I write historical fiction about ancient Rome. Readers have already seen everything I’m trying to describe. Instead of describing the entire scene, I use triggers. Marble columns, togas, mosaic floors. Then I add in something unique to make the scene interesting. When you trust your readers enough to fill in the blanks, painting a scene is easier.

To quote Howard Tayler, "Luxury!" That's one of the hardest parts about writing Sci Fi and fantasy.

 How does your own life inform your writing?
I’ve noticed my religion has a great influence on my ideas (I’m LDS); for example, I identify heavily with Vestal Virgins because they had to remain chaste and modest, just like me when I was a teenager. I’m a somewhat emotional and intense person, so there’s a lot of variety in the pacing of my books. The more I grow to love my husband, the sappier my writing gets.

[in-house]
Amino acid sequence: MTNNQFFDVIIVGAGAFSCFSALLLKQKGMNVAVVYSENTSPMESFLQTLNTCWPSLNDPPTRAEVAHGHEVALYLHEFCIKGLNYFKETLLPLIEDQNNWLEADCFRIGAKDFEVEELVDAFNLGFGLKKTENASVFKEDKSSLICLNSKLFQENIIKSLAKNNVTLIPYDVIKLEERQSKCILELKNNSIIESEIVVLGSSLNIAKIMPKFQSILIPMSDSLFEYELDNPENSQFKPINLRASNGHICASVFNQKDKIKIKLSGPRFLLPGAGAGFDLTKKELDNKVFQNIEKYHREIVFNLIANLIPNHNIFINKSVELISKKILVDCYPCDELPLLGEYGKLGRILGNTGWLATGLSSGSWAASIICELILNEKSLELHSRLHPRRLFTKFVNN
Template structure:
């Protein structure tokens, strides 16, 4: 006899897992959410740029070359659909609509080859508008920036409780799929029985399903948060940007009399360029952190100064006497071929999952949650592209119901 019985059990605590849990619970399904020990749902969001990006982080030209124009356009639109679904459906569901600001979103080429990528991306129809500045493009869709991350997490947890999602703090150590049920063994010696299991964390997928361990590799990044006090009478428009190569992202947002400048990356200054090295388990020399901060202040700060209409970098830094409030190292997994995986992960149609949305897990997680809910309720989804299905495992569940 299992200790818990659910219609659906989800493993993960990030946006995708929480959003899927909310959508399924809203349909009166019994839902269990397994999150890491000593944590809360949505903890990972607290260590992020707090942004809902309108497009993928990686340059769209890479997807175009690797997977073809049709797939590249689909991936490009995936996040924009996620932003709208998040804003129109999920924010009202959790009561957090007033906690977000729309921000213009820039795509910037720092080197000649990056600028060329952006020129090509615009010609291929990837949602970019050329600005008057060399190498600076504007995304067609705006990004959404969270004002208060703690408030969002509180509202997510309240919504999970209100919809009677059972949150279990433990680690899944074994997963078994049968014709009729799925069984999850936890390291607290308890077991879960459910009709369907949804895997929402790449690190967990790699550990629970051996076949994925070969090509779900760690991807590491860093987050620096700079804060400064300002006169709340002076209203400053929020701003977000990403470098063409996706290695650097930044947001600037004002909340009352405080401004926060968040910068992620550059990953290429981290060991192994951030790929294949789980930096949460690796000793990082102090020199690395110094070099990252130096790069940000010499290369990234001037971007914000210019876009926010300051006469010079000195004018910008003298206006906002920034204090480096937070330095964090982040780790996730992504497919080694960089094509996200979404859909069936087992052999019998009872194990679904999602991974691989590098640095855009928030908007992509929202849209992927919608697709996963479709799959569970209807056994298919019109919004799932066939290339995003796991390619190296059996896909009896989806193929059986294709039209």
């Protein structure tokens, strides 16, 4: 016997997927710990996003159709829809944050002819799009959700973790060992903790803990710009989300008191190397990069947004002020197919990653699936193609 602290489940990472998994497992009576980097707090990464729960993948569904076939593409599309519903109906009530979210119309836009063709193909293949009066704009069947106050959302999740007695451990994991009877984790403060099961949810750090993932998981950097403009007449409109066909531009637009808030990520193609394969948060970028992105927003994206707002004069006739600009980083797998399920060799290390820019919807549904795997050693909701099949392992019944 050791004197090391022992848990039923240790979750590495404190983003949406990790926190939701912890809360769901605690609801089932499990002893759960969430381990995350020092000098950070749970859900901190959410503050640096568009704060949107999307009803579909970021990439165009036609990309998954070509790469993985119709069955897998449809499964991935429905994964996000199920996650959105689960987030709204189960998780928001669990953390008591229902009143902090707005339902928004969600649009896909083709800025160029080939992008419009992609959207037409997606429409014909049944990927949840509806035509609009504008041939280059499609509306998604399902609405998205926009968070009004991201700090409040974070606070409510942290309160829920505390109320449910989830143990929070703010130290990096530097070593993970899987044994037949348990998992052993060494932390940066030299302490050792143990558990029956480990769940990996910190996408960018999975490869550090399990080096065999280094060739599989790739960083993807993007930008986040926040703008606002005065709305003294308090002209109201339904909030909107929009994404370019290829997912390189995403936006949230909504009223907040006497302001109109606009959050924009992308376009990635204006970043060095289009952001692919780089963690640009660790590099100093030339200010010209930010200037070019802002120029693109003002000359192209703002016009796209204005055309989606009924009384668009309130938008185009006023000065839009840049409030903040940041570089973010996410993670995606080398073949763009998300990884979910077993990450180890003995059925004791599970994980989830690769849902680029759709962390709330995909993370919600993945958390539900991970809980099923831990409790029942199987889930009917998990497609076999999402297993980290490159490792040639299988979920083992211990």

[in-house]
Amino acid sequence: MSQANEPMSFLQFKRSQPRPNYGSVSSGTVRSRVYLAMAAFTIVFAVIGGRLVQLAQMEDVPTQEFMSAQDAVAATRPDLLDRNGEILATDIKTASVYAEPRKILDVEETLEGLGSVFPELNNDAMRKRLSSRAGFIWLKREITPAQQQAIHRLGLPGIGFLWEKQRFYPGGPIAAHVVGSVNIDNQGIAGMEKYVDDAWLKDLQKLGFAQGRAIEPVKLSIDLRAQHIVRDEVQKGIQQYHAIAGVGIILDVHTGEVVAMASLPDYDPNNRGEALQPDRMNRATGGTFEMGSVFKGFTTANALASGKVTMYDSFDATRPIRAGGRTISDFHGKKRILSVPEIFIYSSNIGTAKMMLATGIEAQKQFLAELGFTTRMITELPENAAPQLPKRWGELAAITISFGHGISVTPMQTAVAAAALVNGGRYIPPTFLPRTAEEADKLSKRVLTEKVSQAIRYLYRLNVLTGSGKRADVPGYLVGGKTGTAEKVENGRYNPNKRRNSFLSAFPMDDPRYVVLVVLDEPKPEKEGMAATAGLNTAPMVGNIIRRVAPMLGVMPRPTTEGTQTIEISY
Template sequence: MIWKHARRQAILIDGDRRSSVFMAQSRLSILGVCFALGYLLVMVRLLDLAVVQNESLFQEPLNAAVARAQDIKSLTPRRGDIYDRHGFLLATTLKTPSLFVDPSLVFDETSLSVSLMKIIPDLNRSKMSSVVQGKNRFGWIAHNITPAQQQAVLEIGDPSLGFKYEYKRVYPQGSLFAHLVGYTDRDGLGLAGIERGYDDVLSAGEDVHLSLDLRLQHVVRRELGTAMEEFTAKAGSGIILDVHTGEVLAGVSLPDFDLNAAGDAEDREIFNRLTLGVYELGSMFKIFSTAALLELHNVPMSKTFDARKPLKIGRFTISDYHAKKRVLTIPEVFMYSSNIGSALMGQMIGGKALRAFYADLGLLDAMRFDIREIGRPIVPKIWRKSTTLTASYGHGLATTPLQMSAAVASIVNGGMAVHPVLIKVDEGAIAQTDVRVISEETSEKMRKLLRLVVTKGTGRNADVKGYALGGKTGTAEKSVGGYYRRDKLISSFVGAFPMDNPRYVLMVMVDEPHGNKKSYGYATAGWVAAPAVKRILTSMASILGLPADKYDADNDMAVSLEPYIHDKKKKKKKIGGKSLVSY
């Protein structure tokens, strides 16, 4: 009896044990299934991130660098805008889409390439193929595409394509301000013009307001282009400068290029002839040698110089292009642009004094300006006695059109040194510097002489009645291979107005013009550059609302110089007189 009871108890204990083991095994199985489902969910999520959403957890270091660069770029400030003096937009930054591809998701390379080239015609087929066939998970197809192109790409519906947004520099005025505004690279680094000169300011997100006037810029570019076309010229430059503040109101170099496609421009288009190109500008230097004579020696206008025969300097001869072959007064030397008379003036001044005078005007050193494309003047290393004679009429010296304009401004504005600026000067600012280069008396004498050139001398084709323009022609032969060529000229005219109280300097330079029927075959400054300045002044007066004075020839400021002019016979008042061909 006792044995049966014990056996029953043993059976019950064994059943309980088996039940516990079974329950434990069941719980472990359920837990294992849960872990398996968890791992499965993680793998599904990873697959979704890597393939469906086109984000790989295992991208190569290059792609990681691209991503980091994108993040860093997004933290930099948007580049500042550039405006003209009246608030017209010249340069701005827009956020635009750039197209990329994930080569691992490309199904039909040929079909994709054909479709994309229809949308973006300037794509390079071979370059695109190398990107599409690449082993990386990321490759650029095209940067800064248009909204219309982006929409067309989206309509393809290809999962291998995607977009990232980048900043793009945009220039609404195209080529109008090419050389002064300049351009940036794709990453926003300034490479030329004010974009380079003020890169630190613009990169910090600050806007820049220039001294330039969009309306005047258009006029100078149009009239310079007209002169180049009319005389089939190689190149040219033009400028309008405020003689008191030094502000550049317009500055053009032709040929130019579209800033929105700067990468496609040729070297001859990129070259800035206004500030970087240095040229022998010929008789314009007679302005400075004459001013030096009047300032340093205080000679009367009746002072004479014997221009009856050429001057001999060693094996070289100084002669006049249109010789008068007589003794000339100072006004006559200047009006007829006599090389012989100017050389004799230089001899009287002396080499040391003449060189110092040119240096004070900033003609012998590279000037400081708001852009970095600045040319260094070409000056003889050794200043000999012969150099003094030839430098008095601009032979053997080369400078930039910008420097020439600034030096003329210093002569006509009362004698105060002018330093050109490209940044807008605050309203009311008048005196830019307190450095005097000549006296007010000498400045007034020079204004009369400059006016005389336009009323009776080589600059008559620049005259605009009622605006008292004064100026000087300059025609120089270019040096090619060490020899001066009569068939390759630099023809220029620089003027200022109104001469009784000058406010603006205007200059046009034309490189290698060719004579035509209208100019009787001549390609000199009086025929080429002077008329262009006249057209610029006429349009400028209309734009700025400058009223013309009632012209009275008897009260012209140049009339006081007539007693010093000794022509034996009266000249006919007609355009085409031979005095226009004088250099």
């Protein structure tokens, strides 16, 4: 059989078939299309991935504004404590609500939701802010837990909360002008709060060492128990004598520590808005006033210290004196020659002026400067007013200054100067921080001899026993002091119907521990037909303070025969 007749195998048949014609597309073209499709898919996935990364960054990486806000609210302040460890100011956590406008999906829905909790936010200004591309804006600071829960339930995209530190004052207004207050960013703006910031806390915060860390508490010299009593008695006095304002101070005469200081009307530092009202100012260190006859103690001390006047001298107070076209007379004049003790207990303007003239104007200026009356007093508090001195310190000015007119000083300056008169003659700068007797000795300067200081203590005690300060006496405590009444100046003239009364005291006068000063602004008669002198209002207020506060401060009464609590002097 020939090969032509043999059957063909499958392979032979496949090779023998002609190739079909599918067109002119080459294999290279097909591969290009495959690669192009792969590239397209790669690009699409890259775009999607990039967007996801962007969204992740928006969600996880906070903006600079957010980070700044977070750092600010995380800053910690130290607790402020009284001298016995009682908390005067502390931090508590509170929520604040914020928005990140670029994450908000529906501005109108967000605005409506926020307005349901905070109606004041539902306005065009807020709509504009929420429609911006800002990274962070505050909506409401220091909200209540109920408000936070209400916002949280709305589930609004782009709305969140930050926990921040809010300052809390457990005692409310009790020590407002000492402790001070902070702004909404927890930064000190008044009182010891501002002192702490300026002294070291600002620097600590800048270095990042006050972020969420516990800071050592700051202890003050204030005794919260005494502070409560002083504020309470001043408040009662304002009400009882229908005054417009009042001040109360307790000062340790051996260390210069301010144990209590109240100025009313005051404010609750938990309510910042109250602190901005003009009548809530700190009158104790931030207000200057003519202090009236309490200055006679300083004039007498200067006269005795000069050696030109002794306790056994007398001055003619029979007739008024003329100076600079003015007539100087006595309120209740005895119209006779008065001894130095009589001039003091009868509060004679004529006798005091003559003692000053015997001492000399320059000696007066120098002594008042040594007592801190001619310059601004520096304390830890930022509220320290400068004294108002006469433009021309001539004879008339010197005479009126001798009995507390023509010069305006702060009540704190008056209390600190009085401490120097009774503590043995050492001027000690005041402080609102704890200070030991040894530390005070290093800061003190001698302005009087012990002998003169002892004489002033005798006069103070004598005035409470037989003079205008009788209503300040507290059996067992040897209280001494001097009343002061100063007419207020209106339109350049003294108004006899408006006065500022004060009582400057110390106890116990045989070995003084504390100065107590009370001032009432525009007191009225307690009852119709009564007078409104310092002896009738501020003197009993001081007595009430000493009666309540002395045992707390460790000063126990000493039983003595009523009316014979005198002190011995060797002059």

Surprisingly, my marriage doesn't really have much influence on my writing. However, my values and world view have a very distinct impact on my writing. I'm also LDS, by the way!

Have you ever attended a writing convention or conference?
I did! I went to the Historical Novel Society in San Diego last summer. I learned a ton; I wrote a month-long series of articles about that conference on my blog. Probably the most important thing I learned was to understand your genre. Read everything you can in your genre, make friends with writers in your genre, and be familiar with new books coming out. I also learned how to make and keep writer friends, which has been invaluable!

I remember when you were trying to figure out a way to get to that conference. I was so happy you got to go!